Hong Kong to teach children about subversion

This might seem like any other kids cartoon - but it's actually part of Hong Kong's controversial new guidelines for schools which teach children as young as six about national security, including subversion and collusion with foreign forces.

The educational video released by the Chinese government shows an owl wearing glasses and a graduation hat, explaining Hong Kong's institutional architecture, its duties to Beijing and the national security law imposed in June 2020 after the anti-government protests back in 2019.

Children in primary schools will also learn how to sing and respect China's national anthem, and gain an understanding of the four main offenses in the security law, including terrorism and secessionism.

Some residents, like university student Jenny Lai, have their concerns.

"I am a little worried about the independent thinking abilities of primary school students in the future. As I learned, the National Security Law content in the textbook is complicated, so I am worried, but there is nothing I can do.''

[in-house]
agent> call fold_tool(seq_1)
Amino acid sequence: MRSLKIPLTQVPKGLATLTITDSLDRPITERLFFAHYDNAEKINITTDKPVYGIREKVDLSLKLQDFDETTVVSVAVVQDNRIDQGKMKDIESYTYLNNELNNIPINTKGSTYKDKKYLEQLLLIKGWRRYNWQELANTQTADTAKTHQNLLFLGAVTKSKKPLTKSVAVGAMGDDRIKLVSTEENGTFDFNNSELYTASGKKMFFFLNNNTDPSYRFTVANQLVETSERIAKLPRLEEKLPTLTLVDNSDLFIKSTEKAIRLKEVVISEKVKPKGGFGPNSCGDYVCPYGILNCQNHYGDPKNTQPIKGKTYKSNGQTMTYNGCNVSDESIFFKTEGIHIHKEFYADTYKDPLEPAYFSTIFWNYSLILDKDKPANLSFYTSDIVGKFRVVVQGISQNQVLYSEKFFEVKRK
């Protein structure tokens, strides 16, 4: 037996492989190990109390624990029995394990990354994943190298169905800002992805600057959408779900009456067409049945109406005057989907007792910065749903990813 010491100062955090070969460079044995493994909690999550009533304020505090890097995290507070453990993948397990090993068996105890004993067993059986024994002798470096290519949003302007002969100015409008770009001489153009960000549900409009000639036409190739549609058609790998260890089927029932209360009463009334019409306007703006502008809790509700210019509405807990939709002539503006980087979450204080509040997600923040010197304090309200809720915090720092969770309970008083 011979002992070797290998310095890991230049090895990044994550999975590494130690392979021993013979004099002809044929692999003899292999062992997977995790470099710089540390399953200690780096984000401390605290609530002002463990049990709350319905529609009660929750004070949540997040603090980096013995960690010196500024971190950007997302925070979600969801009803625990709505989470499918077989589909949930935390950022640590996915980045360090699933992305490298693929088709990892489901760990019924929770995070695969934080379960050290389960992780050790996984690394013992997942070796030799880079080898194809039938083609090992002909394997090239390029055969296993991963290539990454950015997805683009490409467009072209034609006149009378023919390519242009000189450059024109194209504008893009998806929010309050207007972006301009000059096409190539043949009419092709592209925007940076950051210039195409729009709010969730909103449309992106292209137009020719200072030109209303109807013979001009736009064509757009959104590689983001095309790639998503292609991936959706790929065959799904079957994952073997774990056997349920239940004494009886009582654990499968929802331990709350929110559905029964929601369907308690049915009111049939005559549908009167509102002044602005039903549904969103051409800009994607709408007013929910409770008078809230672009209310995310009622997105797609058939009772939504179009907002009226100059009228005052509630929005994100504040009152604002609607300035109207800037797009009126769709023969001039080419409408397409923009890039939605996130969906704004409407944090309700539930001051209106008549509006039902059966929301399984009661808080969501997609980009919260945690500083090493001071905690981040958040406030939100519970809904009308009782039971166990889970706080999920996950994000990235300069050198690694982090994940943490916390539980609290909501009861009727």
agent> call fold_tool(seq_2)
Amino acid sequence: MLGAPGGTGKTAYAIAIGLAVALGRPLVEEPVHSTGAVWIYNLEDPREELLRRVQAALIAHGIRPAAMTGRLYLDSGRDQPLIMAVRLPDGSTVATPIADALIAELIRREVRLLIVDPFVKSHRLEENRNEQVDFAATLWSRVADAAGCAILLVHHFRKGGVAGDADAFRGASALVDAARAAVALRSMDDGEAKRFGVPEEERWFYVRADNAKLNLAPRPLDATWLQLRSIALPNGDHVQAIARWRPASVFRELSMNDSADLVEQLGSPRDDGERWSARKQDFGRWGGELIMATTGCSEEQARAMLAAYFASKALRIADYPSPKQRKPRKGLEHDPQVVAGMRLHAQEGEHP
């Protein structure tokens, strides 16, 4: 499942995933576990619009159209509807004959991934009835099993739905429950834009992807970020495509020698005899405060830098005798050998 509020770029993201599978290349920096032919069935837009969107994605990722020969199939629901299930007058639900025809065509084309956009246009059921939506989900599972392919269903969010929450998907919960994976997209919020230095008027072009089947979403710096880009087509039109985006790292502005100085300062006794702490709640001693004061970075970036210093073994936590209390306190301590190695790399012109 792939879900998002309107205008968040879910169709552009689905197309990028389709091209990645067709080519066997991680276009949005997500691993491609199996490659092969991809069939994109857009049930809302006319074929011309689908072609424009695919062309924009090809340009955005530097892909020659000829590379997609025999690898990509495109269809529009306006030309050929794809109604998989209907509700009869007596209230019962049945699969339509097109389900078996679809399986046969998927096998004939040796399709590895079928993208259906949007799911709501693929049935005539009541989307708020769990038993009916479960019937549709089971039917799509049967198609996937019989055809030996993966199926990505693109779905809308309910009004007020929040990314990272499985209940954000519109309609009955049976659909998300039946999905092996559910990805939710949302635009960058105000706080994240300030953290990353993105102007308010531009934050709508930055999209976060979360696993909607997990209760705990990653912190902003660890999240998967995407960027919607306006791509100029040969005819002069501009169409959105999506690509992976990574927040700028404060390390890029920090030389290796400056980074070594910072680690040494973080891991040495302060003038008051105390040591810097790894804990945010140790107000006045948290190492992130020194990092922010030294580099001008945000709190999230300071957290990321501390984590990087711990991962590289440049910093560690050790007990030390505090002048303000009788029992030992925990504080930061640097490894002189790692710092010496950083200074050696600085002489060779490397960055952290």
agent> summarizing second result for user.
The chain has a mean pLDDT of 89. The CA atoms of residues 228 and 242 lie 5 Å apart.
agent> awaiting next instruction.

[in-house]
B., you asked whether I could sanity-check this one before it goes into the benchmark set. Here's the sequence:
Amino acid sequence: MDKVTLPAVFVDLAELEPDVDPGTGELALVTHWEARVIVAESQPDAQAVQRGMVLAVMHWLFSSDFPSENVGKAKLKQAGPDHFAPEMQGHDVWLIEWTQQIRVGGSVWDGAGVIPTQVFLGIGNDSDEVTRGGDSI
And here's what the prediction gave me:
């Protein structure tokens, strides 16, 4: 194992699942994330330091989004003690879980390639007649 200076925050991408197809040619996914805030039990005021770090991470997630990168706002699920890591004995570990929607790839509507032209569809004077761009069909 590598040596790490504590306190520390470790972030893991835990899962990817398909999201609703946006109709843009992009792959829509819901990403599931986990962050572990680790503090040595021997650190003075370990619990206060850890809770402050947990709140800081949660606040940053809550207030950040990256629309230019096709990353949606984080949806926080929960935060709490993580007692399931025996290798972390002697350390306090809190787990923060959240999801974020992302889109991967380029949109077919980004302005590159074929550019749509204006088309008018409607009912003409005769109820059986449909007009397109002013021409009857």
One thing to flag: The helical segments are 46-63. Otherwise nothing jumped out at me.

Others, like Ms. Feng, feel that patriotism is important as part of childhood study.

"It's a good start, no matter who you are and where you are from, you have to love your country.''

Beijing has put semi-autonomous Hong Kong on a firmer authoritarian path in recent months.

And the Education Bureau's guidelines show Beijing's plans for the region to go beyond quashing dissent.

Its aim is seemingly for a societal overhaul.

After the 2019 protests in which many of the demonstrators were teenagers, Chinese leaders have turned to re-education in a bid to tame the city's youth and make them loyal citizens.